Worst-Ever A&E Waiting Times on Election Agenda

Dr Dan O'Carroll


November 15, 2019

I'd imagine that Armando Iannucci is most likely relieved that his fabulous political satire The Thick of It finished in 2012, as it seems that many of the current politicians and situations are beyond satire. Fictional spin doctor Malcolm Tucker would have been rubbing his hands with glee with the seeming own goal of the Prime Minister's election campaign slogan 'Britain deserves better', which surely would have been more appropriate for the opposition rather than the party that has been in Government for the last 9 years!

And although it is sorely tempting to cut and paste the following dire warnings and comment from last winter's articles, it seems that this year could be even worse. The system has been running in the red for so long now, it seems that much of the reserves and resilience have been exhausted.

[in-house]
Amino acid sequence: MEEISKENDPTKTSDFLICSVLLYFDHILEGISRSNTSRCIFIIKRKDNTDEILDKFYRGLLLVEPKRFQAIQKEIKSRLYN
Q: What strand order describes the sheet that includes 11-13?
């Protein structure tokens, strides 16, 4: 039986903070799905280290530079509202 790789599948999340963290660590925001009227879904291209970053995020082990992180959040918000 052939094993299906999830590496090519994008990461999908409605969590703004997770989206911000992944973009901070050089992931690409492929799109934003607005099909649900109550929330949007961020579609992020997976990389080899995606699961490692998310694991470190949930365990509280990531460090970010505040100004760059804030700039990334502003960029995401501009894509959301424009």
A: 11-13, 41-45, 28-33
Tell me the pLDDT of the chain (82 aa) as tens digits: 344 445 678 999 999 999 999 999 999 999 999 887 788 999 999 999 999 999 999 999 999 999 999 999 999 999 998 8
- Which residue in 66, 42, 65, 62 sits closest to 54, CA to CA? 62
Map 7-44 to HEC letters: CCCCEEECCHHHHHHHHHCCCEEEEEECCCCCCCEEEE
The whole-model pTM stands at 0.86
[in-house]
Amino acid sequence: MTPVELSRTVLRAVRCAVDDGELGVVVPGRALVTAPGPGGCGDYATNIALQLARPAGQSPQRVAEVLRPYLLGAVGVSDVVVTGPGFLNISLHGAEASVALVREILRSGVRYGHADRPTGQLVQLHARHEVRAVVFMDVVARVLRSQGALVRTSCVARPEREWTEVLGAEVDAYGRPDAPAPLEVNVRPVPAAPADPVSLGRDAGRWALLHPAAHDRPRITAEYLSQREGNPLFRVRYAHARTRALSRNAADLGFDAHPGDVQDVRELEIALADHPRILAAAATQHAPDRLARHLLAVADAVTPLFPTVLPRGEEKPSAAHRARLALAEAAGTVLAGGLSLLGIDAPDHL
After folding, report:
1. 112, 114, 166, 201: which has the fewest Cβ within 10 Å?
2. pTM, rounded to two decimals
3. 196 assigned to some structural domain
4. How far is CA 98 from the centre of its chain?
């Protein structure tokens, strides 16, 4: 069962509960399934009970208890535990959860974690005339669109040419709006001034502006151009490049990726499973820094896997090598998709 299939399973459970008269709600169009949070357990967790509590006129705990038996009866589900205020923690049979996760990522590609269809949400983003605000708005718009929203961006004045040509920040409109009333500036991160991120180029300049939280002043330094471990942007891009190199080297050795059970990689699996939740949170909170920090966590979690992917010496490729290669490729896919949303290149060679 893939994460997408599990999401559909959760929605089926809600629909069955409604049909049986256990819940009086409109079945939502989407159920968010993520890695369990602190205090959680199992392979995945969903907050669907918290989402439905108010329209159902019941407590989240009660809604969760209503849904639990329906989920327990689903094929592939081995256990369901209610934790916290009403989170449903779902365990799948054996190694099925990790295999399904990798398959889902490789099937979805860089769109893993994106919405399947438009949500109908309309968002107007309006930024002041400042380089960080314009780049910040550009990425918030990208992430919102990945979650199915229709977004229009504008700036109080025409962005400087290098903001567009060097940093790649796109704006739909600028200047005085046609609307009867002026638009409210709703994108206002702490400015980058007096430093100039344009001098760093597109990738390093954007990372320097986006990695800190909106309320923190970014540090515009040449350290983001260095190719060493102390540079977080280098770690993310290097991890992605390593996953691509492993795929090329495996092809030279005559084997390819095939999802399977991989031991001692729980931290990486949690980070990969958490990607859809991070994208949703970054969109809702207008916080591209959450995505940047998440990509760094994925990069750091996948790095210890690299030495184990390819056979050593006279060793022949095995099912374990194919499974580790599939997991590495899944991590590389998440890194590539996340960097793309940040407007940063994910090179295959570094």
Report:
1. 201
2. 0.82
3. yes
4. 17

CQC Survey

The Care Quality Commission (CQC) recently published the findings from a survey of more than 50,000 people who had received urgent and emergency care across England at either a major consultant-led A&E department (type 1) or an urgent care centre or minor injury unit (type 3), run directly by an acute hospital trust during September 2018.  It is a testament to the staff that the majority of those surveyed were positive about most aspects of their care and treatment. Around 75% of those attending type 1 departments had enough time to discuss their conditions with the doctor or nurse and 76% said they 'definitely' had confidence and trust in the staff examining or treating them. Only 79% felt they were treated with respect and dignity 'all of the time'. Across both type 1 and type 3 departments there was  a small rise in patients rating their overall experience as 10/10, at 29% and 37% respectively.